Need for more payments entities and banks, says CEA Subramanian

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November 08, 2020 8:00 AM

The spending curbs enforced on government departments for April-December period is estimated to result in savings of nearly Rs 4 lakh crore.

Returning to high-growth trajectory gets priority over fiscal balance. Even in past, rating downgrade didn’t quite impact India’s financial systemReturning to high-growth trajectory gets priority over fiscal balance. Even in past, rating downgrade didn’t quite impact India’s financial system

Chief economic advisor (CEA) Krishnamurthy V Subramanian on Saturday pitched for the entry of more banks in the financial system to ensure greater competition as well as credit penetration. There is also space for more payment services entities like Google Pay and WhatsApp Pay, he suggested at the India Express Group’s Idea Exchange programme.

Indicating that more stimulus measures could be in the offing, the CEA said there is scope for ‘additional fiscal spending’ over and above the budgeted level (Rs 30.4 lakh crore) this fiscal. The government has re-prioritised expenditure in the wake of Covid-19 pandemic to address the immediate needs of the vulnerable sections of population, but the overall budget spending in the first half was roughly the same level as in the year-ago period, owing to spending curbs imposed on many departments.

While India has only about 500-600 banks, including the regional rural ones, the US has a network of some 26,000 banks even while having a fourth of India’s population, Subramanian pointed out.

Although only half a dozen large banks dominate the American financial system, the smaller ones act as lenders to mostly MSMEs, thus assuming an important role in the economy. Also, there is only one Indian bank (SBI) in the top 100 globally, against 18 in China.

Had India allowed more banks, say, two decades ago, the channel of credit flow to small firms would have greatly improved by now. ‘Creative destruction’ in any system is triggered more by the new entrants than the incumbents, he emphasised.

WhatsApp on Friday announced the launch its payments services in the country following nod from the National Payments Corporation of India after about two years of waiting.

The fiscal stimuli announced so far have an estimated budgetary cost of Rs 2.4 lakh crore, or roughly 1.2% of GDP, way below the average of about 2.5% for similar-rated peers, according to rating agency Moody’s.

The spending curbs enforced on government departments for April-December period is estimated to result in savings of nearly Rs 4 lakh crore. So, the government still has considerable room for unveiling more rounds of stimulus, even without altering the estimated budget size for the year or the enhanced gross borrowing limit of Rs 12 lakh crore.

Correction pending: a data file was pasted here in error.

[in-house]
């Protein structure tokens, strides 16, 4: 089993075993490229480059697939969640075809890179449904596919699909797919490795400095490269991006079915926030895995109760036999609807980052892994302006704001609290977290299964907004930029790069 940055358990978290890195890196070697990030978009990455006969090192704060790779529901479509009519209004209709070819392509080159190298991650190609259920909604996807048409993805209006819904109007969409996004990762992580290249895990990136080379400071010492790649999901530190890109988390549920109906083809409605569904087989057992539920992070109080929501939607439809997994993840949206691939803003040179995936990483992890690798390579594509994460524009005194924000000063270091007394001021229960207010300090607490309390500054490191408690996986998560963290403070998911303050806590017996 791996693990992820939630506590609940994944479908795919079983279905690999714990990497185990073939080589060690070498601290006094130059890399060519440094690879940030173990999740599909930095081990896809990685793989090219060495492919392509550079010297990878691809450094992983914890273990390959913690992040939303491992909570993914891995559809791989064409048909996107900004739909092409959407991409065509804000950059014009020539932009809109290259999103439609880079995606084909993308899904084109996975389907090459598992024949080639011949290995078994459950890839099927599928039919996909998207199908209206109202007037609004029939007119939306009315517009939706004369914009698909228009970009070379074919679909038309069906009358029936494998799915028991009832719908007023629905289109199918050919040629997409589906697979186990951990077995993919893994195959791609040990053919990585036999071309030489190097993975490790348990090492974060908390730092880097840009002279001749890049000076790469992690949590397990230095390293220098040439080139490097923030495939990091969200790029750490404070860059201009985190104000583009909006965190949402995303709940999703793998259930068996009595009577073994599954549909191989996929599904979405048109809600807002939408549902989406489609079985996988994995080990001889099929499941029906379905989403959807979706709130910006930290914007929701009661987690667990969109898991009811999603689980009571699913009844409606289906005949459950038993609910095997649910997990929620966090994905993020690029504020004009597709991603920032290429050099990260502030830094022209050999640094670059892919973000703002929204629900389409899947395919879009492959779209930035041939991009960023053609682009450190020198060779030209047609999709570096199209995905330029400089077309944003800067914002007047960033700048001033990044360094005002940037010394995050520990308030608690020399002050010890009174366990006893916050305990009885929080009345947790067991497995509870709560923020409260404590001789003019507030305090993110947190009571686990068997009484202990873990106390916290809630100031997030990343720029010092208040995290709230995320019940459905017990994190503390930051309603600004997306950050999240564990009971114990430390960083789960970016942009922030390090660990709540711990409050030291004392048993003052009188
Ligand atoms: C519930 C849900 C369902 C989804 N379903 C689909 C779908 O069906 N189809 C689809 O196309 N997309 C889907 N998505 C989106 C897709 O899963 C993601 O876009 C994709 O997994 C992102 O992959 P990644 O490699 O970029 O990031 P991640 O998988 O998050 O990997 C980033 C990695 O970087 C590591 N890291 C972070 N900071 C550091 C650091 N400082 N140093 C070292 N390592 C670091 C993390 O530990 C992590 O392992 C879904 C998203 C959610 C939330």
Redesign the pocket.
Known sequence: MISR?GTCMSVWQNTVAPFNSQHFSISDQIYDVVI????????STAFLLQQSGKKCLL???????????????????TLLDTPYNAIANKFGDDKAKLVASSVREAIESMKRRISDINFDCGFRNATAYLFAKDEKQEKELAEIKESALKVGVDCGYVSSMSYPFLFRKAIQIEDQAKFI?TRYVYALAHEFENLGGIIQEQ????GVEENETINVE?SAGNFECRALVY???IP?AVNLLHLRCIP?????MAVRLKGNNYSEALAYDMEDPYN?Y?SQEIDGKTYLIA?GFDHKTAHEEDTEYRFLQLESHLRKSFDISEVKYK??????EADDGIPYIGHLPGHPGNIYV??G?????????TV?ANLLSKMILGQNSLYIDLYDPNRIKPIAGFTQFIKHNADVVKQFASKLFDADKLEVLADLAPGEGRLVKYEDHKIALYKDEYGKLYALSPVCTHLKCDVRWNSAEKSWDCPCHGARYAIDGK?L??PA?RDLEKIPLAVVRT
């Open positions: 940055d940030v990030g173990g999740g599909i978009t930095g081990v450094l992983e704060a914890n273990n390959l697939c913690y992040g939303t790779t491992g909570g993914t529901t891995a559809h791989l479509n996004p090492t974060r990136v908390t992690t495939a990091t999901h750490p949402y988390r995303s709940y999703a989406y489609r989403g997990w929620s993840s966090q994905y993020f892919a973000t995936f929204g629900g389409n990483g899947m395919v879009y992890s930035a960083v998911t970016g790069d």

Subramanian rejected perceptions of the government holding back further stimulus measures for fears of worsening of fiscal balance and consequent, possible downgrade of the sovereign rating by global agencies. At this juncture, returning to the high-growth trajectory gets the priority over fiscal balance. As such, even in the past, a rating downgrade didn’t quite impact India’s financial system, he added.

Expressing his disappointment over the underperformance of the financial system, the CEA called for greater adoption of financial technology to improve the flow of credit as well as the quality of lending. Fintech has the potential to fast improve the delivery and penetration of banking services in India.

The CEA asserted that the economy is poised for fast recovery this fiscal and high-frequency indicators, including manufacturing PMI, point at that. However, any second wave of Covid cases in the country, as witnessed now in parts of Europe, poses huge downside risk to this assessment, he cautioned. Even in the case of the Spanish flu outbreak a century ago, the second wave was far more devastating than the first one.

Subramanian stressed that although the lockdown exerted a heavy economic cost on India (GDP slide of 23.9% in the June quarter was the sharpest among the G-20 economies), it helped save lives. “It was a humane approach that the government adopted, because a loss of GDP can be retrieved but once lives are lost, they can’t be brought back,” he said.

The International Monetary Fund’s (IMF’s) has forecast a record 10.3% contraction, year on year, in real GDP for India in FY21. However, it has projected a rebound for the country in FY22, with a real expansion of 8.8%, the highest globally.

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